"Lyricism" is usually another ideal to shrivel up in the shadows of Edgar G. Ulmer's despairing universe, yet this adaptation of Peretz Hirschbein's Yiddish stage chestnut is marinated in an open-air sunshine that exists only (if at all) in fragments in the director's other work. The narrative is a contemporary transplantation of the wandering Jew plunging ahead equipped only with a quote from the Torah ("A man without land is not a man") -- a pensive young scholar (Michael Goldstein) trades synagogue for countryside in search of "true Jews," finding shelter and love (with barefoot spunkster Helen Beverley) with a peasant clan. Virtually a catalogue of Yiddish tradition staples (sparring bearded patriarchs, kvetching mothers, skittery maidens), the story paints an idyll of popular regeneration, the young scholar's ascetic piety blending into the family's hands-in-the-dirt practicality for a culminating feeling of cultural wholeness. Sharing directing credit with Yiddish theatre doyen Jacob Ben-Ami, Ulmer's fragile ethnic pastoral is no less personal for being so uncharacteristically light -- the outsider, cultural as well as individual, has always held a particular interest to the émigré artist, and the film is the closest Ulmer's blackish vision ever came to utopian harmony. (In his second, more complex Yiddish picture, The Light Ahead, the same traditions treasured here are revealed to carry the germs of a literally crippling oppression.) With Isidore Cashier, Anna Appel, Leo Noimi, Dena Drute, Max Vodnoy, Saul Levine, and a young Herschell Bernardi. In black and white.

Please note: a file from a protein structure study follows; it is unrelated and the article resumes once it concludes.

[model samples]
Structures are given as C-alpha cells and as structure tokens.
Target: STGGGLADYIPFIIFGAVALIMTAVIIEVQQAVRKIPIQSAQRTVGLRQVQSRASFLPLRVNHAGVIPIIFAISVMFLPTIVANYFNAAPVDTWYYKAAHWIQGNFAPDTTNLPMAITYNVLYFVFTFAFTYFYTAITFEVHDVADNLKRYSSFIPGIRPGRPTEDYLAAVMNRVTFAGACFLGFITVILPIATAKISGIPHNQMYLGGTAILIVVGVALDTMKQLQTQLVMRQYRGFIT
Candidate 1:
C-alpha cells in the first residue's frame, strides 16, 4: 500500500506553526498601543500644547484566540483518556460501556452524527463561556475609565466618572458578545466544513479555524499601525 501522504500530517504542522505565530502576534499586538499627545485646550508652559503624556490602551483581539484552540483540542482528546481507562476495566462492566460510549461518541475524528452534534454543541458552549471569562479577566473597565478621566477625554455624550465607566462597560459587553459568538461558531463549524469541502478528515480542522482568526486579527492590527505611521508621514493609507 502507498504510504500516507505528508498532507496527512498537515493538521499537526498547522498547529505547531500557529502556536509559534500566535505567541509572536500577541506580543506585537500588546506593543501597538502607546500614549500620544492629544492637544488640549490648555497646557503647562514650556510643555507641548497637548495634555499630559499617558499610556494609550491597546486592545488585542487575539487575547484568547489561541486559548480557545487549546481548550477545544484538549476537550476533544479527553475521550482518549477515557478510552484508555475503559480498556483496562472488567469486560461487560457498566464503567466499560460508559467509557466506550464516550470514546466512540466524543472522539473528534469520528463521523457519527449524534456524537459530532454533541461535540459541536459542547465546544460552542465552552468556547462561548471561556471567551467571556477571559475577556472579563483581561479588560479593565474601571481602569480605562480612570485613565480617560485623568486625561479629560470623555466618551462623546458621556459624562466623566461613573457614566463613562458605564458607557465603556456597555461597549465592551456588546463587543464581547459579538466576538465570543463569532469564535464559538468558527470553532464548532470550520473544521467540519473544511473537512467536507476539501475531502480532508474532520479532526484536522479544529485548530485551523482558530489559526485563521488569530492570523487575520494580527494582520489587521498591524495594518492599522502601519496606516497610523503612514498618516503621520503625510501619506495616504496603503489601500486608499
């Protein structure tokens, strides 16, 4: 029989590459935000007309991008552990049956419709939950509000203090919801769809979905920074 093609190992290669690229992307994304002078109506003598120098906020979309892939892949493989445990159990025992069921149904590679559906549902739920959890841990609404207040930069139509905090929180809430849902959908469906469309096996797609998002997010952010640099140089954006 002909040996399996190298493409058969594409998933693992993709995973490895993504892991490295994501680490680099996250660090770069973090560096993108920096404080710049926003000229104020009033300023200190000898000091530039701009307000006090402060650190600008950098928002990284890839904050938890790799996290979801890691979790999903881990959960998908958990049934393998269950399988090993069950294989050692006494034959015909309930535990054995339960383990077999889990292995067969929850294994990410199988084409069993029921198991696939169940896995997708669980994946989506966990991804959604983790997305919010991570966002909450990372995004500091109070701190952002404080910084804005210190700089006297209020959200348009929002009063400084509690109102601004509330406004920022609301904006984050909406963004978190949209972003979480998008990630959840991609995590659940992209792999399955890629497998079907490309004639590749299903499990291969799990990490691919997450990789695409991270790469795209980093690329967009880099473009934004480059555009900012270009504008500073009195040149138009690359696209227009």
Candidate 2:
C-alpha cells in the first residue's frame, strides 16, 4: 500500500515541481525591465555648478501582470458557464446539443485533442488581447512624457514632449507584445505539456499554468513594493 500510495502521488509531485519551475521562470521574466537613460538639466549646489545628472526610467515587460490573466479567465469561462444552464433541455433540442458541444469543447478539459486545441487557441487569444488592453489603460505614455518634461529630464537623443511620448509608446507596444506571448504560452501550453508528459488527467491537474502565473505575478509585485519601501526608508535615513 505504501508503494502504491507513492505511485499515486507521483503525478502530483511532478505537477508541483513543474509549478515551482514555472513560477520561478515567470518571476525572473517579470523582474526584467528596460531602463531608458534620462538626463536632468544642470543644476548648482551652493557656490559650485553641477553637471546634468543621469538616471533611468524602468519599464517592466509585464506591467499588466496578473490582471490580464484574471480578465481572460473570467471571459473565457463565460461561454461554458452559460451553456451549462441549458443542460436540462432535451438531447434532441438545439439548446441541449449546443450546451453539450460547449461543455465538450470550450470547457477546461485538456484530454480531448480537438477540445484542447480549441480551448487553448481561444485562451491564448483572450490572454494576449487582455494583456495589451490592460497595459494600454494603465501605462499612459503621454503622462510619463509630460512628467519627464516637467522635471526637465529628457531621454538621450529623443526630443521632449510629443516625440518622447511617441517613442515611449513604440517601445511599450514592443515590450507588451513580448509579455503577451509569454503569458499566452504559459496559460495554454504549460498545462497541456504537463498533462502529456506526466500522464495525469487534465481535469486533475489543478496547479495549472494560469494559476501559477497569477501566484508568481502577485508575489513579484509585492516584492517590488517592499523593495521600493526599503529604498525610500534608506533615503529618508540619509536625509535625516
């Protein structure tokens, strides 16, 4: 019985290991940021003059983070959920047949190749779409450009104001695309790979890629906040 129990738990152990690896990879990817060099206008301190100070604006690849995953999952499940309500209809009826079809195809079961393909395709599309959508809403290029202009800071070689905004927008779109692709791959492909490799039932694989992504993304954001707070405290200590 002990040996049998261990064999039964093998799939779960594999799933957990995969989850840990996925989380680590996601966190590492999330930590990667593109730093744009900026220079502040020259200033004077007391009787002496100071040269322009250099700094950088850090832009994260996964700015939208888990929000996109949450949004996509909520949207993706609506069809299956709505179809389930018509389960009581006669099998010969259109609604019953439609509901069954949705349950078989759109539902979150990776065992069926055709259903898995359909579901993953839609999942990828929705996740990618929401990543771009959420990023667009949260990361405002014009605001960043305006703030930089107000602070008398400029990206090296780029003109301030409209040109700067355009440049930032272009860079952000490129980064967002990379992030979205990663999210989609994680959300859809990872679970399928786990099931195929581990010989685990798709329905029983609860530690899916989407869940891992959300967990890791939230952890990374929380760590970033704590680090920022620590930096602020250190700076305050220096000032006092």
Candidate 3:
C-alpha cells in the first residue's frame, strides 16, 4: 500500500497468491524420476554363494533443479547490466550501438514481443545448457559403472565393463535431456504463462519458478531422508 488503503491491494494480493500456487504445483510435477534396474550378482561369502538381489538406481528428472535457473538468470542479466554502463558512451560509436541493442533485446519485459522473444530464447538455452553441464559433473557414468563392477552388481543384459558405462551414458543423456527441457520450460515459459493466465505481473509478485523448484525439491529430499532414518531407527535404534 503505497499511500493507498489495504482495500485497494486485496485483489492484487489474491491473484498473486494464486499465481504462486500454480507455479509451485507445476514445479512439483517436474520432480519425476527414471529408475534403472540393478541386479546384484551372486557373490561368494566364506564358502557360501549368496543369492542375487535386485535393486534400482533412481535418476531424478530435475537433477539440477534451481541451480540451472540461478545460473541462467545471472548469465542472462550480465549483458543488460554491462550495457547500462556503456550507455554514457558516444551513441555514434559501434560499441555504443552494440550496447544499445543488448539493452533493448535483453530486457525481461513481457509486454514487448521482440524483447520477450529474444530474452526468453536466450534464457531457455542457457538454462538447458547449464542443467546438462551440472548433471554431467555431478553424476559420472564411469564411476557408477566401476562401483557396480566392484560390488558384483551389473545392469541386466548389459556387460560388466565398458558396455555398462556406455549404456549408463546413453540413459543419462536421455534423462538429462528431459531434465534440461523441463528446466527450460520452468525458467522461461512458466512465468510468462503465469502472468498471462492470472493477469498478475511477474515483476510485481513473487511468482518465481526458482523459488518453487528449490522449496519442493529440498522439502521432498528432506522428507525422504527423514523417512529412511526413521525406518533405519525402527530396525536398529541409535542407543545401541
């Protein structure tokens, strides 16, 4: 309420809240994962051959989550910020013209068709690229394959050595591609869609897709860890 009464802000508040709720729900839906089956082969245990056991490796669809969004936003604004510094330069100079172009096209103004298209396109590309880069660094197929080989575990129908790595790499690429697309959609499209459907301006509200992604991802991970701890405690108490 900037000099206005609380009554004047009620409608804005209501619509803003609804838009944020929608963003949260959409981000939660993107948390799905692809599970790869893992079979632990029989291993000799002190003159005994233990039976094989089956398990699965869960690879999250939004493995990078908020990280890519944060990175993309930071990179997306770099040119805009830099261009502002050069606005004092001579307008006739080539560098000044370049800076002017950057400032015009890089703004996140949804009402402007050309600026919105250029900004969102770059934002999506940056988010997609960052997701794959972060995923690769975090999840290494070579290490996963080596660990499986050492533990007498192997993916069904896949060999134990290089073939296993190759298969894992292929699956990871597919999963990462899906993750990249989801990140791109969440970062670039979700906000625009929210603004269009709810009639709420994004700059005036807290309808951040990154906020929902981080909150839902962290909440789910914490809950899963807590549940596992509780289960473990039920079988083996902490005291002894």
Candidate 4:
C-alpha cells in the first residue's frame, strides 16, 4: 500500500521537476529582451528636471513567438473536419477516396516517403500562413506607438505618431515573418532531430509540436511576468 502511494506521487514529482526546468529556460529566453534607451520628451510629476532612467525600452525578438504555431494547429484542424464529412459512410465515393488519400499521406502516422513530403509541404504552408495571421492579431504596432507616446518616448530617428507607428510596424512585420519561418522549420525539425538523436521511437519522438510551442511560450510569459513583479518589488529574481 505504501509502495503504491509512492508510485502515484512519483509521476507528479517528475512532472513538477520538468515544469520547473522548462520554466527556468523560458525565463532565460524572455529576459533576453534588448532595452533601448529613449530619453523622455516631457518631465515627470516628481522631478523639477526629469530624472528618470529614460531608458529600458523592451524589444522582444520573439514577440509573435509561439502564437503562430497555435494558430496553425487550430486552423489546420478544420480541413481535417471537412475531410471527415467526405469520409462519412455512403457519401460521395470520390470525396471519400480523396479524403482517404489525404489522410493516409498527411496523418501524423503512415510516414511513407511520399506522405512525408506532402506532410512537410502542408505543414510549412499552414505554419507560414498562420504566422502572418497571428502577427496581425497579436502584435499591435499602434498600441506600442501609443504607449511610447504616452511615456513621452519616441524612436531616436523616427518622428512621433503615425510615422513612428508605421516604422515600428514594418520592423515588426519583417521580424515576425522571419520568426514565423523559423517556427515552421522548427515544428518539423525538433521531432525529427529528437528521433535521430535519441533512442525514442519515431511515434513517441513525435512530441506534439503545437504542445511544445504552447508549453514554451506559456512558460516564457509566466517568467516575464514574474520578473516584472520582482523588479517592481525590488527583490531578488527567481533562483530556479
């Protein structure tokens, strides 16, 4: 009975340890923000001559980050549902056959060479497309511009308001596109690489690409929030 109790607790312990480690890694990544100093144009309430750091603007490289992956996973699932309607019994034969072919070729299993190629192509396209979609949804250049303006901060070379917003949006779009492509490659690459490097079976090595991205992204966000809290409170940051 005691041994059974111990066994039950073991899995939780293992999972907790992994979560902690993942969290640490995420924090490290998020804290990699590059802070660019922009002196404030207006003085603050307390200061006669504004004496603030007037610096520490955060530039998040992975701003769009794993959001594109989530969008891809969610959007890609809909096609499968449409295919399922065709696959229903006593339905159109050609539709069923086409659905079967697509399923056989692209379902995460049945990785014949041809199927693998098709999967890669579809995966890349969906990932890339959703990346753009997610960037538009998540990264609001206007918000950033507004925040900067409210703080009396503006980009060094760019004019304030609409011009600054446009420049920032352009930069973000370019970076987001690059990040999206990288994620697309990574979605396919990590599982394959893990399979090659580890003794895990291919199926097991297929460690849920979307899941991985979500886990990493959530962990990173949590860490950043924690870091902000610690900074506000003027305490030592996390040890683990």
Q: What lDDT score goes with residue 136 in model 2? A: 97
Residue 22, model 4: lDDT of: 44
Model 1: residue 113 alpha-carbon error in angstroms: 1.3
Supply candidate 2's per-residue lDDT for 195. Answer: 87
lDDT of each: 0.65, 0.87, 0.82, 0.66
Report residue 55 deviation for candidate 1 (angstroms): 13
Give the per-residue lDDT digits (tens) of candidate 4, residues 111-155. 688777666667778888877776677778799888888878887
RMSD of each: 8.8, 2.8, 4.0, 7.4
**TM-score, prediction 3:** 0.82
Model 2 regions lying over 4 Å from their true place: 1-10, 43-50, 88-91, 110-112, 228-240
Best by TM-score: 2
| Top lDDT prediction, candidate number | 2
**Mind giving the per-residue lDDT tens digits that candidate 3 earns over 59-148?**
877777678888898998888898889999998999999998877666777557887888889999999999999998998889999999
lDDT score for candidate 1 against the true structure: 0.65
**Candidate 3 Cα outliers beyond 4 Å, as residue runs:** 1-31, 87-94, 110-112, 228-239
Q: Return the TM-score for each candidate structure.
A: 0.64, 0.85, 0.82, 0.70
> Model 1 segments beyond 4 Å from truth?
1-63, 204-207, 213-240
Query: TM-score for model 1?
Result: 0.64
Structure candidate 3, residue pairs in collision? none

--- Fernando F. Croce